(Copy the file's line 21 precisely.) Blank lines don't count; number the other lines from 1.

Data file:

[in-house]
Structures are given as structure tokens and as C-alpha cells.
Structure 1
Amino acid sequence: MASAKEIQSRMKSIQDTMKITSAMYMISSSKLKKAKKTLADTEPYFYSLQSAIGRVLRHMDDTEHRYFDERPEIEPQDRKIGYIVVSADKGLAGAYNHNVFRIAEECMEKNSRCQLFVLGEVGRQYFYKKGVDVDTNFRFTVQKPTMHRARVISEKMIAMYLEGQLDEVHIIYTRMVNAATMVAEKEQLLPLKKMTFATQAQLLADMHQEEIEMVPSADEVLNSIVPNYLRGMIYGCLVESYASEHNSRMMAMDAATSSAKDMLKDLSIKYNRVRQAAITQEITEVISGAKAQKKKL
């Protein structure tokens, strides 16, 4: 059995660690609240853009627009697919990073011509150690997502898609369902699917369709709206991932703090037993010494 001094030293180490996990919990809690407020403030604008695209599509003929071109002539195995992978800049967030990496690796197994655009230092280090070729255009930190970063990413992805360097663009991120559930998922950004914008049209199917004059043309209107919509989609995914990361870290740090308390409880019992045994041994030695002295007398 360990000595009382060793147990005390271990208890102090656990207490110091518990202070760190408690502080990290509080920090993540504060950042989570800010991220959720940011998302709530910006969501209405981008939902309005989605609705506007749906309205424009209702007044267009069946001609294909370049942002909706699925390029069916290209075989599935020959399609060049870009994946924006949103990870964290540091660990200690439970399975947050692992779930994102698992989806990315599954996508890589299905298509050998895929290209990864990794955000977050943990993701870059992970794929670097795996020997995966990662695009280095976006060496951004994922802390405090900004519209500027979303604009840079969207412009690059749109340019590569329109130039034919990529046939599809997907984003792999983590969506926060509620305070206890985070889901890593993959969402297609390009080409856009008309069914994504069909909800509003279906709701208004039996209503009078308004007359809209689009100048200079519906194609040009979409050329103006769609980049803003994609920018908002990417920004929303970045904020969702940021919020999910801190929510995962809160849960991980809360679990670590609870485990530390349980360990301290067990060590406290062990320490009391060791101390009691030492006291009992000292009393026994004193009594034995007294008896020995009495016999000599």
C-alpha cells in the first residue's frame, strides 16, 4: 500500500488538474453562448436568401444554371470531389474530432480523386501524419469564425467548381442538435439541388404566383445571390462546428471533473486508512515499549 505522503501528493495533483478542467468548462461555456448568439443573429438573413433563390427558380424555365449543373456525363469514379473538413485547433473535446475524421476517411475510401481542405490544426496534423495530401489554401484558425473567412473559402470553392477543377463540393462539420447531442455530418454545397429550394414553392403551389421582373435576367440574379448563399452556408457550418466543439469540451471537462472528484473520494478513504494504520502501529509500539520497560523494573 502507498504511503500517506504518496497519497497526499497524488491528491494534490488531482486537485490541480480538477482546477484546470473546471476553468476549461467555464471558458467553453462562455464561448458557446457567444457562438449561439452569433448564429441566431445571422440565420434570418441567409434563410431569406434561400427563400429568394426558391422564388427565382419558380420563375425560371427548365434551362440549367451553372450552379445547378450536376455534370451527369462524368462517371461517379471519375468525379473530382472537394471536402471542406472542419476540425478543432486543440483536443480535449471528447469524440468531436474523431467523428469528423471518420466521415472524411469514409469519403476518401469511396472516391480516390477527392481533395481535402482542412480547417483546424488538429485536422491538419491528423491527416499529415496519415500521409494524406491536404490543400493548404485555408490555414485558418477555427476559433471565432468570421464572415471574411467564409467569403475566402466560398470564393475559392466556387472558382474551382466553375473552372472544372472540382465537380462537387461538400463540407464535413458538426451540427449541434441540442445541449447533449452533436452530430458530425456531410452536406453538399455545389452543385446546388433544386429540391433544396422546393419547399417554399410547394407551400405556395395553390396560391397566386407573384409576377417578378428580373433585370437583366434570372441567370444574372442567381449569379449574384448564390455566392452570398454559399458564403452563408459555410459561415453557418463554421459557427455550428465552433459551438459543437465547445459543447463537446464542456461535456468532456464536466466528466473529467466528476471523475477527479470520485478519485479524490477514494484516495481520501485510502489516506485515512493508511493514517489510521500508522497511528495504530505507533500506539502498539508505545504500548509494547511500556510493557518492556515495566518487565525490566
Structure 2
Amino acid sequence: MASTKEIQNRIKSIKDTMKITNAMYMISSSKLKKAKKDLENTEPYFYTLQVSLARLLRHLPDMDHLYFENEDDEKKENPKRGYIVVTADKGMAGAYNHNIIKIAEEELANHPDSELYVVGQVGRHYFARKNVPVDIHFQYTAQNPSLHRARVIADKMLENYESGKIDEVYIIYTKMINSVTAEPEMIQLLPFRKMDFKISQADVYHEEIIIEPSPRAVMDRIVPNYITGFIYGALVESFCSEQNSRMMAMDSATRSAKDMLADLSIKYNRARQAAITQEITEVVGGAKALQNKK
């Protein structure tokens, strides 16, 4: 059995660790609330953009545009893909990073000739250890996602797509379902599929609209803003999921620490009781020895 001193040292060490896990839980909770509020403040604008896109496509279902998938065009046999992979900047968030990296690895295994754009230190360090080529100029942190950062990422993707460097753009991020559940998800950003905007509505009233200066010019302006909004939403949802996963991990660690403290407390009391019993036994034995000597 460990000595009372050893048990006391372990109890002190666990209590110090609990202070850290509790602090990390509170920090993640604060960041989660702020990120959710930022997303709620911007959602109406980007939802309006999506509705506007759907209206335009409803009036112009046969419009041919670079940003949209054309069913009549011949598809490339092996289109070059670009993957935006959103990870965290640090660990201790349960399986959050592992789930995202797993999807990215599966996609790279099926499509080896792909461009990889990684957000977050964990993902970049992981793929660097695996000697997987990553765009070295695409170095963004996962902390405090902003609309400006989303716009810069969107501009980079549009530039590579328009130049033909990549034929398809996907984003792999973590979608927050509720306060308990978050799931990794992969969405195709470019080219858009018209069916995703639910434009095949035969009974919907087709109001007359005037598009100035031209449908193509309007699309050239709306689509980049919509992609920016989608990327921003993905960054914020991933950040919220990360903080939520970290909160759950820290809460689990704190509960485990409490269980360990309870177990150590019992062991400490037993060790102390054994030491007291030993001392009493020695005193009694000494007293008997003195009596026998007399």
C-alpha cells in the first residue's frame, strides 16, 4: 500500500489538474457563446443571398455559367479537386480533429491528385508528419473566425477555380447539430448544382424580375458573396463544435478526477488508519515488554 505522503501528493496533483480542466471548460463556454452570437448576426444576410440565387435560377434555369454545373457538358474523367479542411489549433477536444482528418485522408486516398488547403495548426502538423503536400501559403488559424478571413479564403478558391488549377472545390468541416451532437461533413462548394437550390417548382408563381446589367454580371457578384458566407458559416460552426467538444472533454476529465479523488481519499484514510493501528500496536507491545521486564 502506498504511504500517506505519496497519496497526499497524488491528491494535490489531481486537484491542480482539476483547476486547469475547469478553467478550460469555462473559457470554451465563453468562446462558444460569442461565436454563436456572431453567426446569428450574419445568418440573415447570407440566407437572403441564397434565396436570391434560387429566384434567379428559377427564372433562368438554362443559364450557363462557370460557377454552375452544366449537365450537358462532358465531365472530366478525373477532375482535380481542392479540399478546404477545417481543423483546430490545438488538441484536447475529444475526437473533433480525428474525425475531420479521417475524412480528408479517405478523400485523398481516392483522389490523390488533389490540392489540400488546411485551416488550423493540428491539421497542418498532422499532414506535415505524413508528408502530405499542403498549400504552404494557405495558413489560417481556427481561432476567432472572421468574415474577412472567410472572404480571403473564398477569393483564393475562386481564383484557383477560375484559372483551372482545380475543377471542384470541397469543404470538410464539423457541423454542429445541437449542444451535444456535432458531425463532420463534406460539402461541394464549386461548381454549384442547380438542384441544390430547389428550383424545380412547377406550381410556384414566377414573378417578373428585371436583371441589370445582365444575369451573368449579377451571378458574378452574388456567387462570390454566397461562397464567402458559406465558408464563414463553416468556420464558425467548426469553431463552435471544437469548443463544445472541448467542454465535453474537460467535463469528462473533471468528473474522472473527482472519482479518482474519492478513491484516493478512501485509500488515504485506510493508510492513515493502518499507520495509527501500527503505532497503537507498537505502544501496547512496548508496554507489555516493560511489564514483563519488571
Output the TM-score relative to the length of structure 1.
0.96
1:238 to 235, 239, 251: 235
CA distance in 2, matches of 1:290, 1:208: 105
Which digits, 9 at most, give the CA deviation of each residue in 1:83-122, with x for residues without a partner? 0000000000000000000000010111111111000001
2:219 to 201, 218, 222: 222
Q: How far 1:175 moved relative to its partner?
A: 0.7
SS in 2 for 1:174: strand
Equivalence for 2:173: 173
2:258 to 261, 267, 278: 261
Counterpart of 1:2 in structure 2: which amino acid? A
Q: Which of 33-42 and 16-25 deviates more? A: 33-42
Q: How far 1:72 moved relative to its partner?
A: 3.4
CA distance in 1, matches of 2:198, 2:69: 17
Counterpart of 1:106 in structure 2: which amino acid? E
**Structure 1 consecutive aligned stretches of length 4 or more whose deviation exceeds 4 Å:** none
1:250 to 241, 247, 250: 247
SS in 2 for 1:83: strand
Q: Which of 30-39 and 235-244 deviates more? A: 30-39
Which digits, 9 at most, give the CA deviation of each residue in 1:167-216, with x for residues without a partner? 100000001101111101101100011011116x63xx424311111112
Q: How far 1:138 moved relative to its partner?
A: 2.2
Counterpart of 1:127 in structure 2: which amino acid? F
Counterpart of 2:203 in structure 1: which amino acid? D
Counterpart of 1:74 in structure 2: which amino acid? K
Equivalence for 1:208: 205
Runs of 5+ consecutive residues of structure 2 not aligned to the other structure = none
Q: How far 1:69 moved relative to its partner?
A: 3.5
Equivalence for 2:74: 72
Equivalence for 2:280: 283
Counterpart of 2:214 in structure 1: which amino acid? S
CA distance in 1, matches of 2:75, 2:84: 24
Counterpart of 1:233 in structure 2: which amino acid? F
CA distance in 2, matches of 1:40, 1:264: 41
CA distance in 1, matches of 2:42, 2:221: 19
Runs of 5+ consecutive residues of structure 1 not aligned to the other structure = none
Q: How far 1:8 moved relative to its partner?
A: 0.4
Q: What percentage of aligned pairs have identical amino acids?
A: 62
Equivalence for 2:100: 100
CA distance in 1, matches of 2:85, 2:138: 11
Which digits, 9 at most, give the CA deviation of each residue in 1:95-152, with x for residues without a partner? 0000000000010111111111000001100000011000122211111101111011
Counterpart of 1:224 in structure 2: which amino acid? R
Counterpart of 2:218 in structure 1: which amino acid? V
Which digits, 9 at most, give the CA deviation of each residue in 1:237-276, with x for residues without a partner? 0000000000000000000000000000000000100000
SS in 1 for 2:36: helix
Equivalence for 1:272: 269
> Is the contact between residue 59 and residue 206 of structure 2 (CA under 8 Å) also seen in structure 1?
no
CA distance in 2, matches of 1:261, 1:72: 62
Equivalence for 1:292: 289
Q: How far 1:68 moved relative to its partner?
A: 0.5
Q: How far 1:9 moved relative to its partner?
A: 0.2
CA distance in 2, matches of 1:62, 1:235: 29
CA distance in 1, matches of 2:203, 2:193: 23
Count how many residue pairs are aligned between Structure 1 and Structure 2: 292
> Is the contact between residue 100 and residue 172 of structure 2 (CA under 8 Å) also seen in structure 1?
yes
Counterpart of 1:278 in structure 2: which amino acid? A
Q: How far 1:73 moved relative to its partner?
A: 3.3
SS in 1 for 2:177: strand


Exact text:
2:258 to 261, 267, 278: 261